While others are speculating about who will replace him as James Bond, Daniel Craig is quietly carving out a new, post-007 career. 2017’s Logan Lucky saw him play, suprisingly convincingly, a dodgy character from the American deep south in a somewhat dark comedy; his latest outing, the very dark comedy Knives Out sees him managing to stop just short of chewing the scenery as, again, a very peculiar southerner.
Knives out, then, is the story of Harlan Thrombey (a wonderfully warm and sympathetic Christopher Plummer), an elderly novelist with a repugnant brood of children who care less for him than they do for the fortune they believe they stand to inherit when he dies, which he does quite early in the film. The story then plays out, initially in flashbacks framed by interviews between Craig’s southern-gothic Sherlock Holmes-esque private detective Benoit Blanc, boasting an almost caricaturish Savannah accent, and the various members of the Thrombey household, and then in real time as Blanc, helped to varying degrees by LaKeith Stanfield’s Lieutenant Elliott, pieces together the hours before and after Harlan’s death.
It’s a fantastically intricately-plotted tale, with enough signposts for a moderately attentive viewer to figure out at least a couple of turns in advance where it’s headed. So while the story is entertaining and satisfying enough, a film like this is much more about the journey than any destination it might be headed toward. And what makes Knives Out as enjoyable as it is is its cast. Craig is clearly enjoying his new niche, but he’s quite handily supported by a rather magnificent cast. Jamie Lee Curtis is pleasingly vicious as Linda, Harlan’s daughter and wife of Richard (a surprisingly accomplished turn from Don Johnson), while Michael Shannon brings an enjoyable amount of gruff menace to his Walt, son and, apparently, chronic disappointment of Harlan. Toni Colette is as magnificent as one would always expect her to be as Joni, another wastrel child of Harlan, made-up and lit to look like she could be turned into a handbag post-mortem. And Chris Evans, slimy and devious as Ransom, manages to make himself significantly more unlikable than one is used to seeing him.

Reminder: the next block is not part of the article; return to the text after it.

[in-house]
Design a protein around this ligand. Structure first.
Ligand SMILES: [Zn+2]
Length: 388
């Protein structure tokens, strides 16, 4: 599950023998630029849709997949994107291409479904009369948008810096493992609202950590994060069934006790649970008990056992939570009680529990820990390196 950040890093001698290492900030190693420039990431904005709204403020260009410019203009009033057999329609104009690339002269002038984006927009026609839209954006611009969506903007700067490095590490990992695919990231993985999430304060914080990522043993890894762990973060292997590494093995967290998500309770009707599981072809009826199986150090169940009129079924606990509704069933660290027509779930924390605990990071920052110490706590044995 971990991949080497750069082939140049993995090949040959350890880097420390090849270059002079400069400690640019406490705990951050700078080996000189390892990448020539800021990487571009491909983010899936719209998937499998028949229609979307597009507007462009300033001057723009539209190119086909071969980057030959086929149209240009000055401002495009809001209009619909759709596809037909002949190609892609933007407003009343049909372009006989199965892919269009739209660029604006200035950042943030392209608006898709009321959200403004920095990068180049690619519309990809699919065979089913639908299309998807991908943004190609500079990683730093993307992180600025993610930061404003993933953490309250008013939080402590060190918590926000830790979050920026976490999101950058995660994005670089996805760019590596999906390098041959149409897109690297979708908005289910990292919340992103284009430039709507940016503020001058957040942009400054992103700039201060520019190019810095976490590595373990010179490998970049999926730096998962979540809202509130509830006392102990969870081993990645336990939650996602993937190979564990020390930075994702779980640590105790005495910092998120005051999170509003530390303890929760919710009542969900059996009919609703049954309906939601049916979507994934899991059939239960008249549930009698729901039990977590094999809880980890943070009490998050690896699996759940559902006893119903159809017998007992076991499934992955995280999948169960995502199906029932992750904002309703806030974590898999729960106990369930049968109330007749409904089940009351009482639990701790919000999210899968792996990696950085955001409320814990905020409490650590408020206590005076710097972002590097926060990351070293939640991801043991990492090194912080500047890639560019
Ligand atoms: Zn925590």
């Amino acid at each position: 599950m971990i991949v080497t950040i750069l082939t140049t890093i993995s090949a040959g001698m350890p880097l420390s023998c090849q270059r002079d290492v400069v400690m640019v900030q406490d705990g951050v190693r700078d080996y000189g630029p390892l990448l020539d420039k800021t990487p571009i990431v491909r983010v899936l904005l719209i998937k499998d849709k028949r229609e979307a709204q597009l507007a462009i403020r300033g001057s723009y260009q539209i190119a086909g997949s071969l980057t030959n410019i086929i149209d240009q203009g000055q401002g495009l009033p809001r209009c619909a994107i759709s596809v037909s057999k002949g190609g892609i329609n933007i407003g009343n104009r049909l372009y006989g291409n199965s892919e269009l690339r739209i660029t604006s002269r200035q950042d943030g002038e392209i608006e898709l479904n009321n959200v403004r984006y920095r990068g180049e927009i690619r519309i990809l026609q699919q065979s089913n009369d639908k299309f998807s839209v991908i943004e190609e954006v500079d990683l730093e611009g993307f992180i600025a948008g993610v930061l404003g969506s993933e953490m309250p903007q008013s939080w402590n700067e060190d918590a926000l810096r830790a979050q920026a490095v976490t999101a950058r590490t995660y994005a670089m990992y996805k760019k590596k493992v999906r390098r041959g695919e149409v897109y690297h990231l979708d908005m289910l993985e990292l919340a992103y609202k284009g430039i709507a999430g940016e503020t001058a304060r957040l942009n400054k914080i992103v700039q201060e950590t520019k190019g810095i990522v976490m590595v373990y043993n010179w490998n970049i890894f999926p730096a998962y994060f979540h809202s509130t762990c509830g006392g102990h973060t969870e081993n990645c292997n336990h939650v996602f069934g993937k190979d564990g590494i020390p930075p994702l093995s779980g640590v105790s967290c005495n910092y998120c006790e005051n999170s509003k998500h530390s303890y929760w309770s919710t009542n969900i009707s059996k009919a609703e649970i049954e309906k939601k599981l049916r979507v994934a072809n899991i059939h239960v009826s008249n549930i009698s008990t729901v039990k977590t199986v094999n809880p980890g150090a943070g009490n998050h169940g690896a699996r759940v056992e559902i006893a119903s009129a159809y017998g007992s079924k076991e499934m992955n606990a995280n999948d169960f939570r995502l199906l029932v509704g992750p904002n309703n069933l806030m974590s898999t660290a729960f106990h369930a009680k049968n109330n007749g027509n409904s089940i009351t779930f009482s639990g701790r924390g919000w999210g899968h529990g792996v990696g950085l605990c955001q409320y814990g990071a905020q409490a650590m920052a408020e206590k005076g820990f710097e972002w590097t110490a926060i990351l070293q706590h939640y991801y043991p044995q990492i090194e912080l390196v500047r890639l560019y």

But it’s not enough just to have a parade of unpleasantnesses and call it a film. Succession made it work, and there’s a degree to which Knives Out’s Thrombeys call to mind the Roy family, but while Succession was played cold and dead straight, there’s much more archness and tartness to this family. This might, were it all the film relied on, become a tad one-note, but at the film’s heart is the relationship between Plummer’s Harlan and his nurse, the Paraguayan (or possibly Ecuadorean, or Brazilian…) Marta, played with warmth and delicacy by Ana de Armas.
It’s unclear why Daniel Craig, having redefined James Bond for this generation–there is a very real case to be made that Craig is the definitive Bond, standing over even the great Sean Connery–has now decided to reinvent himself as something from the American south, but he appears to have mad a sound decision. His southern-gentleman accent, one which brings to mind Kevin Spacey (but in a good way) in Midnight In The Garden Of Good And Evil, holds up well enough to pass muster even with Americans in the audience, and he manages to invest Benoit Blanc with enough of a subtle malice and mystery that what could come across as hopelessly overdone is, instead, hugely entertaining.
And hugely entertaining, then, is what Knives Out manages to be. It’s an odd film, to be sure, but a very enjoyable, and highly recommended, one.